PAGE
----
How a new medical model could change health care delivery for your business Featured

8:01pm EDT December 31, 2011
How a new medical model could change health care delivery for your business

Personalized medicine has the potential to change the way that medicine is prescribed, and it could provide more targeted, efficient care with better outcomes for patients, ultimately leading to lower costs for everyone involved, says Jacqueline Penrod, an attorney with Semanoff Ormsby Greenberg & Torchia, LLC.

“There is a lot of excitement about the potential that personalized medicine has to really change the way we deliver health care to the benefit of patients, hospitals and insurers,” says Penrod. “The technology being developed can help patients in a way that will be less costly.”

But much of the technology that potentially will drive personalized medicine to the forefront of the health care environment is still being hatched in laboratories as pharmaceutical companies develop products that could help improve dosing and patient education.

Smart Business spoke with Penrod to learn how personalized medicine could change the face of health care delivery, and what steps a business can take to learn more and take advantage of its benefits.

What is personalized medicine?

Personalized medicine addresses the health care challenges of efficacy, safety and cost. It refers to customizing health care to tailor all decisions and practices to patients’ needs. For example, by using genetic testing technologies to gather information about a patient, medical care can be carefully targeted.

Currently, there are a number of laboratory products on the market with respect to genetic testing that allow a provider to better understand a patient’s needs. Then, proper therapy or preventive care can be prescribed in a more effective manner.

Take, for example, the drug Coumadin, used to prevent blood clots in patients with heart problems. A genetic testing product can be used to determine the best dosage for each patient, which helps doctors prescribe the best treatment, prevents hospitalization and return hospitalization, and ultimately, saves all players in the health care spectrum money.

This concept of tailoring health care is a real breakthrough in an industry that is in a state of flux. While we do not know what the future of health care holds, we recognize an emphasis on improving the way health care is delivered to address those key issues of cost, efficiency and outcomes.

How could personalized medicine benefit business owners?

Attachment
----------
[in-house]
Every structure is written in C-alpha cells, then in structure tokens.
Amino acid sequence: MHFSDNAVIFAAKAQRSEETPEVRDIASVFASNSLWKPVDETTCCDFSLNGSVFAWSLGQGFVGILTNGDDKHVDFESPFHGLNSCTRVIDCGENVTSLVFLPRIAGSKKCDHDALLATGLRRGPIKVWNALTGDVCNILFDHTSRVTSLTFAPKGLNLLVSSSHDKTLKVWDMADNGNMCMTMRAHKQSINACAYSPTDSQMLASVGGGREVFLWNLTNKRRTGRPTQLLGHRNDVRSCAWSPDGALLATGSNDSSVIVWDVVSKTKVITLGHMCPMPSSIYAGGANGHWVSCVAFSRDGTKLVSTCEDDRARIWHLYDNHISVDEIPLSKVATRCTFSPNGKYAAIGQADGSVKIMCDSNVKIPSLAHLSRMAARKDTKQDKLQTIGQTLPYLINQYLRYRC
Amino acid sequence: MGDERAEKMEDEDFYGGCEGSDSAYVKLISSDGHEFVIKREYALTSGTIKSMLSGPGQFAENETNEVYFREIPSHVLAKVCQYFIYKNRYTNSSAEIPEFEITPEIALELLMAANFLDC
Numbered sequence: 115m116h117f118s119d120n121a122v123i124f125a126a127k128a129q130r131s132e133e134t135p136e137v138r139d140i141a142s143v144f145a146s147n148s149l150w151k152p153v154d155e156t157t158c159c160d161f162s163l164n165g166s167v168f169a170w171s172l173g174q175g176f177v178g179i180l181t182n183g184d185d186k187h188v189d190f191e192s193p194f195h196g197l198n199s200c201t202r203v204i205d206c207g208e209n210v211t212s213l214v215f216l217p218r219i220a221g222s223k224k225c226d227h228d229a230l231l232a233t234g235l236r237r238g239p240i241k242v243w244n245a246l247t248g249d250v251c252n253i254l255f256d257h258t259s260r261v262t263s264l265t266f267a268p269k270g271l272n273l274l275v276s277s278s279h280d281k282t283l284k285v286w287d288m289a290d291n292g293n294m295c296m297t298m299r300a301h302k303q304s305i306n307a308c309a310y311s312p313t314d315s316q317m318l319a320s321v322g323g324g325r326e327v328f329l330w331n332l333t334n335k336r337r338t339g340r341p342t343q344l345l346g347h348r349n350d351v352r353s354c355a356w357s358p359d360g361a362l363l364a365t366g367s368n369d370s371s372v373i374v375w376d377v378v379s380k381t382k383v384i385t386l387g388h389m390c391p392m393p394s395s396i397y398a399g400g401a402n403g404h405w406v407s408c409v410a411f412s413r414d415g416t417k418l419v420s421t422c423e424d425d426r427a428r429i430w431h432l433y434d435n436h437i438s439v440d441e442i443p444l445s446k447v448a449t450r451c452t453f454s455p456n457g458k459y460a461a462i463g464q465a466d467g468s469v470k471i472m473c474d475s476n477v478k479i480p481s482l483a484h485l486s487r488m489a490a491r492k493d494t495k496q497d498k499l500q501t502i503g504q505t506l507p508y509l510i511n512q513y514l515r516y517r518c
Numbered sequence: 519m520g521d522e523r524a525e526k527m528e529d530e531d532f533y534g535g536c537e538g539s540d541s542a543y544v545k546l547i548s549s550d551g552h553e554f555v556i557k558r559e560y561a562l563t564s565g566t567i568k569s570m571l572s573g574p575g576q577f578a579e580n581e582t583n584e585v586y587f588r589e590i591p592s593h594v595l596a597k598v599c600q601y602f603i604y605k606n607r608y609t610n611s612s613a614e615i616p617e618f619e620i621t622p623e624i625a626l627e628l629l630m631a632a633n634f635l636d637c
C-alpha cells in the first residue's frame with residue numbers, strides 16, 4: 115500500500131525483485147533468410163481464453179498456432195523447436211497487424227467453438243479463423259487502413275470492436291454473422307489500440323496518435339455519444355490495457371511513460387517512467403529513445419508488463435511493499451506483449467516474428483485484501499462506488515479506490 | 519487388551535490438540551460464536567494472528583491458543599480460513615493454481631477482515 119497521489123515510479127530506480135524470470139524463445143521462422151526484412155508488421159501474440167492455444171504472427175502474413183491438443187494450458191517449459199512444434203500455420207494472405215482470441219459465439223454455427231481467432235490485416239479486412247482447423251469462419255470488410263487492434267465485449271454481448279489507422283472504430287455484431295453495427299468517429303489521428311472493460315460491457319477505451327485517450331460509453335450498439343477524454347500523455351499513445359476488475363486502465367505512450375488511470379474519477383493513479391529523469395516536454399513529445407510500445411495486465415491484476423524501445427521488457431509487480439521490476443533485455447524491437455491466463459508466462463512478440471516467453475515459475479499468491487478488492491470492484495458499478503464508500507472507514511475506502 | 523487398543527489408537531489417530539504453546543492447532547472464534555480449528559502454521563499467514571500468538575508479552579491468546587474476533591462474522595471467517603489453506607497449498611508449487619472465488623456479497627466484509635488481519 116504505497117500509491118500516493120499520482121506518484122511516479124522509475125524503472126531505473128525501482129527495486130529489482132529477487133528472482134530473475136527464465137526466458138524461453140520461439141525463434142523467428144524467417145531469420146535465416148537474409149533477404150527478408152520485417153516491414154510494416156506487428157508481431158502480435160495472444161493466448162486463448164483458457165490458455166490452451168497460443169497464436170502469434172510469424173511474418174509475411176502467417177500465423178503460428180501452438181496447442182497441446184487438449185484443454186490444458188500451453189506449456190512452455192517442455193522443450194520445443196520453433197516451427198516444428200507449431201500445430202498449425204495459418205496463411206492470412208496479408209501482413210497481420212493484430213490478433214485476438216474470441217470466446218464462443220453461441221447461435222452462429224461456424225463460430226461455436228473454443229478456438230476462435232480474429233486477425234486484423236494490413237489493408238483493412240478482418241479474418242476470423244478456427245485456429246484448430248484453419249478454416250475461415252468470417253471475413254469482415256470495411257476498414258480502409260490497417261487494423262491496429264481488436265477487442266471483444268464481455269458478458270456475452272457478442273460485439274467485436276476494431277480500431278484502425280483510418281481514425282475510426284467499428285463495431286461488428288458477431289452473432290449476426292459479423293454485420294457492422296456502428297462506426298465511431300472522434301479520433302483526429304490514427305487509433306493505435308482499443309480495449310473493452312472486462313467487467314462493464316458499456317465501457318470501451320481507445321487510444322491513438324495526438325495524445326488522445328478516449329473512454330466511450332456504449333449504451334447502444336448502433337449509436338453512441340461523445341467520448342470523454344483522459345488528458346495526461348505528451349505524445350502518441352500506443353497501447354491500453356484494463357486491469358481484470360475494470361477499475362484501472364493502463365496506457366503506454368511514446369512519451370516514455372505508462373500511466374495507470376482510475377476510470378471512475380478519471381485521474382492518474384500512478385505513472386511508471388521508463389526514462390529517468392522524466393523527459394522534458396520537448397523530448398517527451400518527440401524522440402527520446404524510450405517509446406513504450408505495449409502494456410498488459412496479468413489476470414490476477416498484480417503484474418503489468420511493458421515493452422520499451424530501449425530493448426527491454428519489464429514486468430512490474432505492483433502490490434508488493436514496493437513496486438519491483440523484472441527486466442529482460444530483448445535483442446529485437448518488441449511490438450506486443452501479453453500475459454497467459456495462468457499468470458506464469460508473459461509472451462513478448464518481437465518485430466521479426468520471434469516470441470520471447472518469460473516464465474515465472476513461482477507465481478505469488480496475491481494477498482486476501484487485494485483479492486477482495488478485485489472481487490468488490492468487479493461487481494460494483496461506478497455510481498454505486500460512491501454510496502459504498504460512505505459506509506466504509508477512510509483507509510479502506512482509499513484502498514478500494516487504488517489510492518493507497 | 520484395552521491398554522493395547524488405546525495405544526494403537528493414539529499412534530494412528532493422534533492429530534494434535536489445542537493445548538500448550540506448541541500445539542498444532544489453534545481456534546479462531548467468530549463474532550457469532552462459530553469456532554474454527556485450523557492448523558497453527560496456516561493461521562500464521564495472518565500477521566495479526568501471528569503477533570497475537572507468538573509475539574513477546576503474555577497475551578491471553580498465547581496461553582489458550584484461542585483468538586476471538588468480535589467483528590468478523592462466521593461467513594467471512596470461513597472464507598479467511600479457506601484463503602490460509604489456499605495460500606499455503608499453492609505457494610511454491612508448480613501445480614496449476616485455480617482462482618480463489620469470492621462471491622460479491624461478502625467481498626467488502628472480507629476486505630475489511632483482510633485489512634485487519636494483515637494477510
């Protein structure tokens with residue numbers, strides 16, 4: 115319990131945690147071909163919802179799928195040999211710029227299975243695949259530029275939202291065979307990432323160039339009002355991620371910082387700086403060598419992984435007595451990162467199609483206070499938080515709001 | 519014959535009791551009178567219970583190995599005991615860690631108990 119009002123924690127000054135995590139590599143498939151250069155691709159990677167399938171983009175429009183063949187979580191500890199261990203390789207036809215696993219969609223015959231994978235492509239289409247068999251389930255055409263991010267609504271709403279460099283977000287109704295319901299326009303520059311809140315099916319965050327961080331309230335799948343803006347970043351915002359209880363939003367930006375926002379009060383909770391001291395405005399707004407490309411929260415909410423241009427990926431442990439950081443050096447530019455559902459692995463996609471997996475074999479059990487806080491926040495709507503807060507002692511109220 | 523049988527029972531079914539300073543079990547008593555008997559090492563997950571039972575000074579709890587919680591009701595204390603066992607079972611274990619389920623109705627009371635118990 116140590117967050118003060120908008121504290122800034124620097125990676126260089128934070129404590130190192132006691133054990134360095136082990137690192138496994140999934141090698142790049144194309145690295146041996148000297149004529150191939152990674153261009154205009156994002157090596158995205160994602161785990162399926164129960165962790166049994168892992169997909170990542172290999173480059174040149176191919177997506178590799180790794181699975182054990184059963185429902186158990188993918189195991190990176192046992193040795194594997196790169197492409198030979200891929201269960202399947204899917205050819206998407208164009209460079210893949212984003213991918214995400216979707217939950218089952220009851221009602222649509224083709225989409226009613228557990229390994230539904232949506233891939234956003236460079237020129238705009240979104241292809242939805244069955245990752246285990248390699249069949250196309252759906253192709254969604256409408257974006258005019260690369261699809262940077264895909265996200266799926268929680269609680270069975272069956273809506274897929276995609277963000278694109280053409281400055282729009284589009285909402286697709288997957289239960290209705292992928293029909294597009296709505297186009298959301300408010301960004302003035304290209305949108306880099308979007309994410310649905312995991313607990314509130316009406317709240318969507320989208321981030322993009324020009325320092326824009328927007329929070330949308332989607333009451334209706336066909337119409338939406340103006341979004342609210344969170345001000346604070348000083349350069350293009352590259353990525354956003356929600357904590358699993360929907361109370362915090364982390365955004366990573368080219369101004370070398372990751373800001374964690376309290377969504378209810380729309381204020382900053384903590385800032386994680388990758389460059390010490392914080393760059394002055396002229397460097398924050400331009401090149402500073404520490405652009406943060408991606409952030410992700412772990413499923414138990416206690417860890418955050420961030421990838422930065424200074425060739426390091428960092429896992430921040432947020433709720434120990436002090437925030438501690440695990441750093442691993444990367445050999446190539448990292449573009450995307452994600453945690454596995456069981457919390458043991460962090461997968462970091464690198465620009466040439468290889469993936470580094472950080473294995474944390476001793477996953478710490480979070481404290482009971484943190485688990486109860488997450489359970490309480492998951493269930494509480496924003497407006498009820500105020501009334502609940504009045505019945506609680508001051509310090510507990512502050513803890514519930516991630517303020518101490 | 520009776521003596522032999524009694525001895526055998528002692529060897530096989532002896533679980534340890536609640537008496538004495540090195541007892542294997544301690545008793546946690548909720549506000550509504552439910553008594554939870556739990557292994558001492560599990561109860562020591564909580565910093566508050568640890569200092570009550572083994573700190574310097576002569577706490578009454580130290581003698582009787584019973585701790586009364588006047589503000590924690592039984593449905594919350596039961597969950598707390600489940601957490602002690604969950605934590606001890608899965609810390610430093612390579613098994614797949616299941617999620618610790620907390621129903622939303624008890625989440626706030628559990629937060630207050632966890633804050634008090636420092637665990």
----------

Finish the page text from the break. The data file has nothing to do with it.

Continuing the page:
Businesses that offer health insurance to employees with this personalized medicine component could see significant cost savings. Personalized medicine would give doctors the ability to identify a patient’s predisposition for a disease, then preventive therapy could be customized to meet that individual’s needs. As a result, the individual stays healthier, which has an impact on workplace productivity and lost time.

Laboratory products being developed by pharmaceutical companies will allow us to group populations of people who require certain therapies. This could allow for more efficient, cost-effective care, and the cost savings trickles down to the payer. So a business that has watched the cost of health care steadily climb year after year could potentially roll back these costs if personalized medicine practices are adopted by insurers.

But first, this new field must endure continued research and development, testing and market acceptance. Personalized medicine is in its infancy, but the concept is one that is much anticipated in the industry.

What are some of the implications associated with personalized medicine?

For now, personalized medicine does present some regulatory concern, and that’s mostly because the concept is so new and so different than the way health care is currently delivered to consumers. For businesses, the main concern is the idea of genetic testing for employees and the absolute necessity for this information to be treated according to regulations set forth in the Genetic Information Nondiscrimination Act (GINA).

Essentially, this law prevents employers from making employment decisions such as hiring and promotions based on a person’s health history, and also requires employers to keep medical information, including family medical history, diagnosis and treatment information, segregated from the nonmedical information contained in an employee’s personnel file. It’s important to consult with a legal professional to discuss what GINA means for your business, how personalized medicine could introduce some potentially litigious situations if not treated carefully and how to justly proceed if you want to explore personalized medicine if it is available from your insurer.

What steps should a business owner take to learn more and begin implementing personalized medicine?

A number of insurers today are considering the use of newly developed (and developing) personalized medicine products. Businesses should ask insurers whether they offer coverage for any of these products and, if they do not, suggest that they consider ways in which personalized medicine might curb health care costs and lower premiums.

Jacqueline Penrod is an attorney with Semanoff Ormsby Greenberg & Torchia, LLC. Reach her at or (215) 887-0200.